The last holdout nurse anesthetists in a lingering outsourcing dispute were set to leave St. John Health System late Thursday as two Oakland County, Michigan, hospitals transfer those services to a newly formed contractor company with no deal in place for most of the current staff.
Two of the original #Michigan68 certified registered nurse anesthetists have very recently accepted deals to be part of the new employment model at St. John Providence Hospital and Medical Center in Southfield and St. John Providence Park Hospital in Novi.
The #Michigan68 group had held out in contentious negotiations over terms of possible future employment with contractor PSJ Anesthesia PC. One other employee was not immediately available to vote up or down on the most recent deal offered to staff CRNAs earlier this week.
But 65 CRNAs rejected the last offer from the health provider earlier this week and have been clearing out their lockers and turning in employment badges this week. A skeleton crew of remaining employees is in place until the transition at 11 p.m. Thursday, the CRNAs' attorney said. No other negotiations are taking place.
"St. John Providence is continuing with its plan to transition anesthesia services provided by Certified Registered Nurse Anesthetists (CRNAs) at Providence-Providence Park Hospital to PSJ Anesthesia on Jan. 1. PSJ Anesthesia was formed by anesthesiologists who have provided care to patients at Providence for more than 40 years as part of Northland Anesthesia, a nationally respected anesthesia provider," St. John Providence said in its latest statement this week from corporate public relations director Daniela Scholl.
The hospital has said PSJ Anesthesia's "staffing model is complete and ready to go" after the transition but has not said how many of the PSJ employees so far will be new CRNA hires, temporary hires or current members of the hospital's staff of anesthesiologists and medical doctors.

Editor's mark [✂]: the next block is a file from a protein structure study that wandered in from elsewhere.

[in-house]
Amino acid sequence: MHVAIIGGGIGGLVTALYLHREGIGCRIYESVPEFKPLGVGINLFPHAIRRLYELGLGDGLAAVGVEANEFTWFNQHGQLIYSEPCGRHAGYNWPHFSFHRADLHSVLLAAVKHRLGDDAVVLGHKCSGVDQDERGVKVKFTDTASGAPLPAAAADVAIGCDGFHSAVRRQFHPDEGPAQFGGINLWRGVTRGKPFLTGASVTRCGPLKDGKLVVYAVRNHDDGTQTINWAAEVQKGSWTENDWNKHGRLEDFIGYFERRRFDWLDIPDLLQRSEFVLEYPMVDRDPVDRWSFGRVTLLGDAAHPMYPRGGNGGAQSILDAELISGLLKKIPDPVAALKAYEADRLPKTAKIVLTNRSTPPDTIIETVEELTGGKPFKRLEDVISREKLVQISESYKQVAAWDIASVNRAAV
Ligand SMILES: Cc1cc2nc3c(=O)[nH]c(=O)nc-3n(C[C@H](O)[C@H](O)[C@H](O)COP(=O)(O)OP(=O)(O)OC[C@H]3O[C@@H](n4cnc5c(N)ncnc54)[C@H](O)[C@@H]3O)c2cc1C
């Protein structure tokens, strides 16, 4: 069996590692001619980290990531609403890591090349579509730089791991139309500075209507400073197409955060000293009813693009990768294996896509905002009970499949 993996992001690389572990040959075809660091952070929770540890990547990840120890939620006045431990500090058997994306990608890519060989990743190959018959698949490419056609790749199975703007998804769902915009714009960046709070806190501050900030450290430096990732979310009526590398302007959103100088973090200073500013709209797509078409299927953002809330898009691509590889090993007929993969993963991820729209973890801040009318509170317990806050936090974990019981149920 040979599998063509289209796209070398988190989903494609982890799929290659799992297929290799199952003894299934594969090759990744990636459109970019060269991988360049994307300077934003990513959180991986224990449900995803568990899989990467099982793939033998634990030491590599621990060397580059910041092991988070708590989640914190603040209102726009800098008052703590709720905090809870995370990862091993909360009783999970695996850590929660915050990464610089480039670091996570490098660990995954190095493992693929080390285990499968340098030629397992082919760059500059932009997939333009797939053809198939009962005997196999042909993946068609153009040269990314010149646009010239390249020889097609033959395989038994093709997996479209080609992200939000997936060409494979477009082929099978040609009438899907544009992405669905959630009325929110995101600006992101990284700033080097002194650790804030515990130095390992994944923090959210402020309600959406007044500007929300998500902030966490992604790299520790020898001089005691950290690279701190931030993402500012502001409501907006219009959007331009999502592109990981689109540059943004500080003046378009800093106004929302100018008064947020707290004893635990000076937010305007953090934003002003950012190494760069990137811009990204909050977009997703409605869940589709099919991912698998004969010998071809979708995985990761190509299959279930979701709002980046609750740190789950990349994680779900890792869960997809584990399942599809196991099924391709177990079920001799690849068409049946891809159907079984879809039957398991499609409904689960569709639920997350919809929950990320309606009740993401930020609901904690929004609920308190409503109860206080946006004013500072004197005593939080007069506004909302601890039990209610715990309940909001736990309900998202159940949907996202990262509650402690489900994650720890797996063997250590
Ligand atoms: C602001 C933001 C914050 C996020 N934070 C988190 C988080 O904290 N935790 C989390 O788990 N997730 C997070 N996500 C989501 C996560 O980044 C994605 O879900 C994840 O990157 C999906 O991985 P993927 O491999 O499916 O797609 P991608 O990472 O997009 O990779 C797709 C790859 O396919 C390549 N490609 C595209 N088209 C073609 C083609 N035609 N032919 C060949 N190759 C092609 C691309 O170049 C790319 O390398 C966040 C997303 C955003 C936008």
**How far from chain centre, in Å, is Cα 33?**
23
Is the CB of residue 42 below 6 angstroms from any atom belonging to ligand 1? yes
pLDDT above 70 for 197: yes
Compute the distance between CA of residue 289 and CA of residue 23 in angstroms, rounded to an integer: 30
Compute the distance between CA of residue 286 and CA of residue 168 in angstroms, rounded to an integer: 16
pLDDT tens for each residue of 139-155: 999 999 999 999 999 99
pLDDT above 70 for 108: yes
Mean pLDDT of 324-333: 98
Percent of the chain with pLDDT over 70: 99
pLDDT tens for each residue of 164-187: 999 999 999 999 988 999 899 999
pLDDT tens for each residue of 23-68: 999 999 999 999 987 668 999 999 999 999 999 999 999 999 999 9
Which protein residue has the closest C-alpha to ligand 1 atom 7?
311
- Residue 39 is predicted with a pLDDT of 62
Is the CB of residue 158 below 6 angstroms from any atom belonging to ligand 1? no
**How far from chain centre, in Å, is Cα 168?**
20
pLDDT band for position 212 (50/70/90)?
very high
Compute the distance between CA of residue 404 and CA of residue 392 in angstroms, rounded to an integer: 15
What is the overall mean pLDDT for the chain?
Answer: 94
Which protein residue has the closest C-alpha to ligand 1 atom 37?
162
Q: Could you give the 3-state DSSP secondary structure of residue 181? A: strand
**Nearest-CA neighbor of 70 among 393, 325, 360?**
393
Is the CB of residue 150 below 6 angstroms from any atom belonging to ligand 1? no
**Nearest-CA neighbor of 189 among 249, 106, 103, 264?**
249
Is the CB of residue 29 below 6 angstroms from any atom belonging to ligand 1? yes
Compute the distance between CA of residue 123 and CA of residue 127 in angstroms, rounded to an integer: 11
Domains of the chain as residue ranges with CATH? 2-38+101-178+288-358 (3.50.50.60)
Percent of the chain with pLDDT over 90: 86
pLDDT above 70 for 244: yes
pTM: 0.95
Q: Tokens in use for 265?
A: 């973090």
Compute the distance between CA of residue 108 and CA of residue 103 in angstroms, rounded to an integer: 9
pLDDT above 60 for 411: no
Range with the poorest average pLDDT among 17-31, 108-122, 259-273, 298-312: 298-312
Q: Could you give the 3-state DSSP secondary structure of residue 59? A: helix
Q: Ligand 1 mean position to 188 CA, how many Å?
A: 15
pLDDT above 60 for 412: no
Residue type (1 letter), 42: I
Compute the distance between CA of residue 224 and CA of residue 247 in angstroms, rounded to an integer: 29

David Shea, managing partner of Shea Aiello PC and attorney for the #Michigan68, told Crain's in an email the group is "happy to stay on or come back to work if they ever need the group, even if there were another vendor brought in. Otherwise, the CRNAs are out looking for work wherever they can get it. Providence has not offered severance or unemployment."
Shea has been representing the #Michigan68, a social media campaign term for 68 out of 74 staff CRNAs at the two St. John Providence hospitals who have rejected the service agreement since November. In all, he said, about 14 CRNAs of the original hospital staff have accepted PSJ deals — most of whom were never part of the group or left it some time ago.
Providence has said CRNAs are “still being offered the opportunity to request transition of employment from St. John Providence to PSJ, with comparable pay and benefits,” but has not specified whether that's the whole group or a subset of it, subject to availability or other PSJ hires.
Sources on both sides of the discussion have told Crain's in recent days that PSJ has made progress via hires outside of the staff CRNA group, including employees of other hospitals and some contingent or temporary staff, to help with the transition starting Friday.